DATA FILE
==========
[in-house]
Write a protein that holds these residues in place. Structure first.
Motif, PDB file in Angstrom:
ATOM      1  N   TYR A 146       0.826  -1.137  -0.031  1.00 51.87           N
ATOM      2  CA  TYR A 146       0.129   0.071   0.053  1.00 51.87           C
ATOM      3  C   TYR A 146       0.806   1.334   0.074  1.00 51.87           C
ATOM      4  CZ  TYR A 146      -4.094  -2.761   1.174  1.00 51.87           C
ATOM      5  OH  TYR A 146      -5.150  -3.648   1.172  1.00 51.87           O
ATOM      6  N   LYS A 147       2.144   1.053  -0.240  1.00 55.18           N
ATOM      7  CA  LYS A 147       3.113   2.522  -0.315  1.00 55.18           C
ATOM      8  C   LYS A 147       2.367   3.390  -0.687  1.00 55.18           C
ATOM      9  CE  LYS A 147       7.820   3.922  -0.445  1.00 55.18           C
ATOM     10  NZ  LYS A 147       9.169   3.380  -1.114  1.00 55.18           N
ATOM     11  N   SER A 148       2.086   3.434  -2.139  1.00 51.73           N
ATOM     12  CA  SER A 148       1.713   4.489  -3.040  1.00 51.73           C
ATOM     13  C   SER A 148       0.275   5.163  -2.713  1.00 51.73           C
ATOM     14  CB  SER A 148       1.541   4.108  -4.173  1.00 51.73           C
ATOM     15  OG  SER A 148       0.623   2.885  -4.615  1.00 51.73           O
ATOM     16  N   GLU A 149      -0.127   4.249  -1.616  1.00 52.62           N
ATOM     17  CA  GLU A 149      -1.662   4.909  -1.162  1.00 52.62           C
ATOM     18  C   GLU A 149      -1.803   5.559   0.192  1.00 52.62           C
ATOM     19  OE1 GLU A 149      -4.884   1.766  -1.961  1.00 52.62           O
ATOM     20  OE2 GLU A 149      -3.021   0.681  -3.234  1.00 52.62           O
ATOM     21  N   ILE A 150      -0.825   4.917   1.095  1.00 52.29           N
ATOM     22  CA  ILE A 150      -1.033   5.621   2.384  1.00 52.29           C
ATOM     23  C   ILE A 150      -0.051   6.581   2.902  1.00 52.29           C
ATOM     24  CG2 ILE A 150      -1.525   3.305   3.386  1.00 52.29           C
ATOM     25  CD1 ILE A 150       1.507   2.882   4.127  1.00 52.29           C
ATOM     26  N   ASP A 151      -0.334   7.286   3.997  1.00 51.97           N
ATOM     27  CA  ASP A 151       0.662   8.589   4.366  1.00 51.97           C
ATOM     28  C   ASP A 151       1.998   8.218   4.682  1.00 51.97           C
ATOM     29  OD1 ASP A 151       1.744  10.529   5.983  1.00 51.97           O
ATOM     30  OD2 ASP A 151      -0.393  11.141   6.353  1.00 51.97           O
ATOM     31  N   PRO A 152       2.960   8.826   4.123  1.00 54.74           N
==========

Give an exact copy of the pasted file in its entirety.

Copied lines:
[in-house]
Write a protein that holds these residues in place. Structure first.
Motif, PDB file in Angstrom:
ATOM      1  N   TYR A 146       0.826  -1.137  -0.031  1.00 51.87           N
ATOM      2  CA  TYR A 146       0.129   0.071   0.053  1.00 51.87           C
ATOM      3  C   TYR A 146       0.806   1.334   0.074  1.00 51.87           C
ATOM      4  CZ  TYR A 146      -4.094  -2.761   1.174  1.00 51.87           C
ATOM      5  OH  TYR A 146      -5.150  -3.648   1.172  1.00 51.87           O
ATOM      6  N   LYS A 147       2.144   1.053  -0.240  1.00 55.18           N
ATOM      7  CA  LYS A 147       3.113   2.522  -0.315  1.00 55.18           C
ATOM      8  C   LYS A 147       2.367   3.390  -0.687  1.00 55.18           C
ATOM      9  CE  LYS A 147       7.820   3.922  -0.445  1.00 55.18           C
ATOM     10  NZ  LYS A 147       9.169   3.380  -1.114  1.00 55.18           N
ATOM     11  N   SER A 148       2.086   3.434  -2.139  1.00 51.73           N
ATOM     12  CA  SER A 148       1.713   4.489  -3.040  1.00 51.73           C
ATOM     13  C   SER A 148       0.275   5.163  -2.713  1.00 51.73           C
ATOM     14  CB  SER A 148       1.541   4.108  -4.173  1.00 51.73           C
ATOM     15  OG  SER A 148       0.623   2.885  -4.615  1.00 51.73           O
ATOM     16  N   GLU A 149      -0.127   4.249  -1.616  1.00 52.62           N
ATOM     17  CA  GLU A 149      -1.662   4.909  -1.162  1.00 52.62           C
ATOM     18  C   GLU A 149      -1.803   5.559   0.192  1.00 52.62           C
ATOM     19  OE1 GLU A 149      -4.884   1.766  -1.961  1.00 52.62           O
ATOM     20  OE2 GLU A 149      -3.021   0.681  -3.234  1.00 52.62           O
ATOM     21  N   ILE A 150      -0.825   4.917   1.095  1.00 52.29           N
ATOM     22  CA  ILE A 150      -1.033   5.621   2.384  1.00 52.29           C
ATOM     23  C   ILE A 150      -0.051   6.581   2.902  1.00 52.29           C
ATOM     24  CG2 ILE A 150      -1.525   3.305   3.386  1.00 52.29           C
ATOM     25  CD1 ILE A 150       1.507   2.882   4.127  1.00 52.29           C
ATOM     26  N   ASP A 151      -0.334   7.286   3.997  1.00 51.97           N
ATOM     27  CA  ASP A 151       0.662   8.589   4.366  1.00 51.97           C
ATOM     28  C   ASP A 151       1.998   8.218   4.682  1.00 51.97           C
ATOM     29  OD1 ASP A 151       1.744  10.529   5.983  1.00 51.97           O
ATOM     30  OD2 ASP A 151      -0.393  11.141   6.353  1.00 51.97           O
ATOM     31  N   PRO A 152       2.960   8.826   4.123  1.00 54.74           N